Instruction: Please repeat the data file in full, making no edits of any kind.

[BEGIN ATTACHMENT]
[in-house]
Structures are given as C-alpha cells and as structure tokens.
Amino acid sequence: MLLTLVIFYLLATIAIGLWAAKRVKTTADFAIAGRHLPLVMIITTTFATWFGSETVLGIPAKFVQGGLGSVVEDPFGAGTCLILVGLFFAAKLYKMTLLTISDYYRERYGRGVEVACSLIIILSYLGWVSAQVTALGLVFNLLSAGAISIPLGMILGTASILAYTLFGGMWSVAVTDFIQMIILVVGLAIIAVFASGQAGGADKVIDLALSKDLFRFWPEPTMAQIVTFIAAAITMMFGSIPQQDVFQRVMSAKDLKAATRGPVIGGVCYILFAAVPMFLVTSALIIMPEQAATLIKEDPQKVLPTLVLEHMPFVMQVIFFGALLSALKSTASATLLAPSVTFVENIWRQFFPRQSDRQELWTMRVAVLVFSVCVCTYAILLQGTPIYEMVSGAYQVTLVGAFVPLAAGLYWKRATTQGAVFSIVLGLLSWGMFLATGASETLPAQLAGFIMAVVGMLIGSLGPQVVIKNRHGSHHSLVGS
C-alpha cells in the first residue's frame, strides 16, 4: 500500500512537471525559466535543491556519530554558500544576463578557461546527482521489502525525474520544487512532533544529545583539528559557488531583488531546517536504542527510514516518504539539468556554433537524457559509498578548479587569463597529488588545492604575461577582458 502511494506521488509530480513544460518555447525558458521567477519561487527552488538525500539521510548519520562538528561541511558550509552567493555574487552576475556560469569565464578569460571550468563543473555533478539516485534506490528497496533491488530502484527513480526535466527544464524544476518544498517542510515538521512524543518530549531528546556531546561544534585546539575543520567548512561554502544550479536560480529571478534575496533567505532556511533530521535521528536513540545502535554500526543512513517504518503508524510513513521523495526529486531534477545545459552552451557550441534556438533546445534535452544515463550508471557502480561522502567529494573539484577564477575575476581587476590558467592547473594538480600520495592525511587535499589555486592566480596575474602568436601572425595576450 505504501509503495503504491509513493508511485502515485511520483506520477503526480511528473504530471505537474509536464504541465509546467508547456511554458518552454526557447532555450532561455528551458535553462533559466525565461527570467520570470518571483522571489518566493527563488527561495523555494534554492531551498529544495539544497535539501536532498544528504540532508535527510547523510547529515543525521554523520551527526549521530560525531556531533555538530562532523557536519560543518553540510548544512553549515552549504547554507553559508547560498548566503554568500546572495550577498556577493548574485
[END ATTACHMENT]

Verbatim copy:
[in-house]
Structures are given as C-alpha cells and as structure tokens.
Amino acid sequence: MLLTLVIFYLLATIAIGLWAAKRVKTTADFAIAGRHLPLVMIITTTFATWFGSETVLGIPAKFVQGGLGSVVEDPFGAGTCLILVGLFFAAKLYKMTLLTISDYYRERYGRGVEVACSLIIILSYLGWVSAQVTALGLVFNLLSAGAISIPLGMILGTASILAYTLFGGMWSVAVTDFIQMIILVVGLAIIAVFASGQAGGADKVIDLALSKDLFRFWPEPTMAQIVTFIAAAITMMFGSIPQQDVFQRVMSAKDLKAATRGPVIGGVCYILFAAVPMFLVTSALIIMPEQAATLIKEDPQKVLPTLVLEHMPFVMQVIFFGALLSALKSTASATLLAPSVTFVENIWRQFFPRQSDRQELWTMRVAVLVFSVCVCTYAILLQGTPIYEMVSGAYQVTLVGAFVPLAAGLYWKRATTQGAVFSIVLGLLSWGMFLATGASETLPAQLAGFIMAVVGMLIGSLGPQVVIKNRHGSHHSLVGS
C-alpha cells in the first residue's frame, strides 16, 4: 500500500512537471525559466535543491556519530554558500544576463578557461546527482521489502525525474520544487512532533544529545583539528559557488531583488531546517536504542527510514516518504539539468556554433537524457559509498578548479587569463597529488588545492604575461577582458 502511494506521488509530480513544460518555447525558458521567477519561487527552488538525500539521510548519520562538528561541511558550509552567493555574487552576475556560469569565464578569460571550468563543473555533478539516485534506490528497496533491488530502484527513480526535466527544464524544476518544498517542510515538521512524543518530549531528546556531546561544534585546539575543520567548512561554502544550479536560480529571478534575496533567505532556511533530521535521528536513540545502535554500526543512513517504518503508524510513513521523495526529486531534477545545459552552451557550441534556438533546445534535452544515463550508471557502480561522502567529494573539484577564477575575476581587476590558467592547473594538480600520495592525511587535499589555486592566480596575474602568436601572425595576450 505504501509503495503504491509513493508511485502515485511520483506520477503526480511528473504530471505537474509536464504541465509546467508547456511554458518552454526557447532555450532561455528551458535553462533559466525565461527570467520570470518571483522571489518566493527563488527561495523555494534554492531551498529544495539544497535539501536532498544528504540532508535527510547523510547529515543525521554523520551527526549521530560525531556531533555538530562532523557536519560543518553540510548544512553549515552549504547554507553559508547560498548566503554568500546572495550577498556577493548574485